UAE: Child damages eye after accidentally squirting hand sanitiser into it

Dubai - She was rushed to the hospital immediately, and has now recovered.



by

Saman Haziq

Published: Wed 28 Jul 2021, 2:08 PM

Last updated: Wed 28 Jul 2021, 2:13 PM

A four-year-old child in the UAE, who severely injured her eye after hand sanitiser from a foot-operated station was accidentally squirted directly into it, has now recovered.

According to her parents, the accident occurred when the child playfully touched the hand sanitiser station at a public place while she stood directly under it.

Narrating the incident, the mother said: "With Covid-19, we have taught our daughter to use soap and water for washing her hands, and to only use sanitisers if soap and water are not available. But because she saw everyone around her use it, she ran up to use it too. When she pressed the pedal of the dispenser, the hand sanitiser did not fall downwards but instead a large amount went straight into her eye and she began screaming in pain."

Before rushing her to a hospital, her parents immediately washed her eye thoroughly and kept repeating the process to flush out the chemicals.

"We somehow were able to open her eye and we could clearly see the corneal injury. That's when we decided to rush her to the hospital," she added.

The child was rushed to Cleveland Clinic Abu Dhabi, where doctors immediately washed the child's eye, administered antibiotics to prevent infection, and applied eye drops to reduce discomfort. She was diagnosed with a near total corneal abrasion caused by the alcohol and alkaline chemical additives in the sanitiser.

When the pain continued to escalate despite close follow-up over the following days, the doctors evaluated her eye under anesthesia and placed a self-retaining amniotic membrane -- a biological bandage -- used to heal large non-healing corneal abrasions.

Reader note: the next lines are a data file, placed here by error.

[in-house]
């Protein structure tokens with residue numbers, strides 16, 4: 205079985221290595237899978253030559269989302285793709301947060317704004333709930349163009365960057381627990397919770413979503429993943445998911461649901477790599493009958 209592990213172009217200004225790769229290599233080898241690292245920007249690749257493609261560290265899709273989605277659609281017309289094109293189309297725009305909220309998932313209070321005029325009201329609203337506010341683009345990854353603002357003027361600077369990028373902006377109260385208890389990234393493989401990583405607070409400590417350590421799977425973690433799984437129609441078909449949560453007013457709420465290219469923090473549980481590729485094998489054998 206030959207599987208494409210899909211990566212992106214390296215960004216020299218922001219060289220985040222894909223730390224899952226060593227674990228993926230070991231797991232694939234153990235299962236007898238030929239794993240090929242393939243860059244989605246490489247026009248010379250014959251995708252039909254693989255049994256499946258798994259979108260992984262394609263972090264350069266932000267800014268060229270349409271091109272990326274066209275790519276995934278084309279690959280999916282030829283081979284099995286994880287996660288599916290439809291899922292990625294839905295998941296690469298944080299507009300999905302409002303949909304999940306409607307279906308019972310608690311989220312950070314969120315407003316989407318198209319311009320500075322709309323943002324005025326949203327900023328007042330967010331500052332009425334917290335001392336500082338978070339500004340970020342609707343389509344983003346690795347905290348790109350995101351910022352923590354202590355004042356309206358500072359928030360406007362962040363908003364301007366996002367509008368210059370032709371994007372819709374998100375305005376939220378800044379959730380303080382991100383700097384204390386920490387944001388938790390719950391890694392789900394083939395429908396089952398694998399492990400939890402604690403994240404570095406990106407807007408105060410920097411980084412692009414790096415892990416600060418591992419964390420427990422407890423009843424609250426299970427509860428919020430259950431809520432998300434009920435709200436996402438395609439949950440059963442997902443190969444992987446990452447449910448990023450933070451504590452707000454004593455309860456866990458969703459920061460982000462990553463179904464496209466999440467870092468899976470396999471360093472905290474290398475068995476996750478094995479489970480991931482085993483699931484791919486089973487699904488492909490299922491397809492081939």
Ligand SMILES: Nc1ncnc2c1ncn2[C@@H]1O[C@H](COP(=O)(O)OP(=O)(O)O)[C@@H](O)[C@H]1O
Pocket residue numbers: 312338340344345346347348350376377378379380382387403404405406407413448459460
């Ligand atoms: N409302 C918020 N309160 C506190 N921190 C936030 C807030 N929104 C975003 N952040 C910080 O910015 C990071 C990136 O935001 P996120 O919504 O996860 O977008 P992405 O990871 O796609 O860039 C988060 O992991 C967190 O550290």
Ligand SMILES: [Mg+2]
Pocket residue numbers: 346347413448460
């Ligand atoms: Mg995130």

Dr Brian Armstrong, a staff physician at Cleveland's eye institute said this was the first such case at the hospital that required amniotic membrane placement.

Doctors removed the amniotic membrane a week after it was placed and found that the corneal abrasion had completely healed. However, the cornea was dry and hazy, so doctors prescribed a course of medicated and lubricant eye drops, which helped treat the symptoms.

"Hand sanitiser dispensers at public places are often at the waist-level for adults but at the eye-level for children," said Dr Armstrong. "The chances of a child getting splashed in the eye are quite high. Most hand sanitisers have a high concentration of alcohol, which starts to break down the surface of the cornea immediately. We use it in measured doses to treat the cornea in specific instances, so we know just how effective it can be."

He added that paediatric eye injuries from alcohol-based hand sanitisers have been on the rise around the world since the start of the pandemic. "There has been a rise in ocular injuries in children caused by the unintentional exposure to hand sanitisers from self-dispensing units," he said.

What to do if hand sanitiser gets into your eye

"With this child, the pain may have increased over time as the alkaline solution penetrated deeper into her cornea. Immediate irrigation is advised in these cases and manual opening of the eye may be required. It is important to irrigate away from the unaffected eye to prevent any further damage," Dr Armstrong said.

According to him, “this is the kind of injury we would typically see among workers who are exposed to toxic materials or a chemical spill on a worksite. Delayed treatment of such injuries can have even worse repercussions in children compared to adults because their vision is still developing at such a young age. The risk of amblyopia, where vision fails to develop properly, is much higher at this age. The likelihood of complications following corneal transplantation, if necessary, is also much higher at this age."

Dr Armstrong urged parents to use soap and water preferably over hand sanitisers with their children wherever possible. "If this is not possible, parents should use neutral and natural hand sanitising solutions under strict supervision and teach their children to use only a small amount, making sure it completely dries prior to touching their eyes. If they happen to rub their eyes with sanitiser, immediately wash it out with water and visit a hospital if there is blurred vision or pain."

saman@khaleejtimes.com


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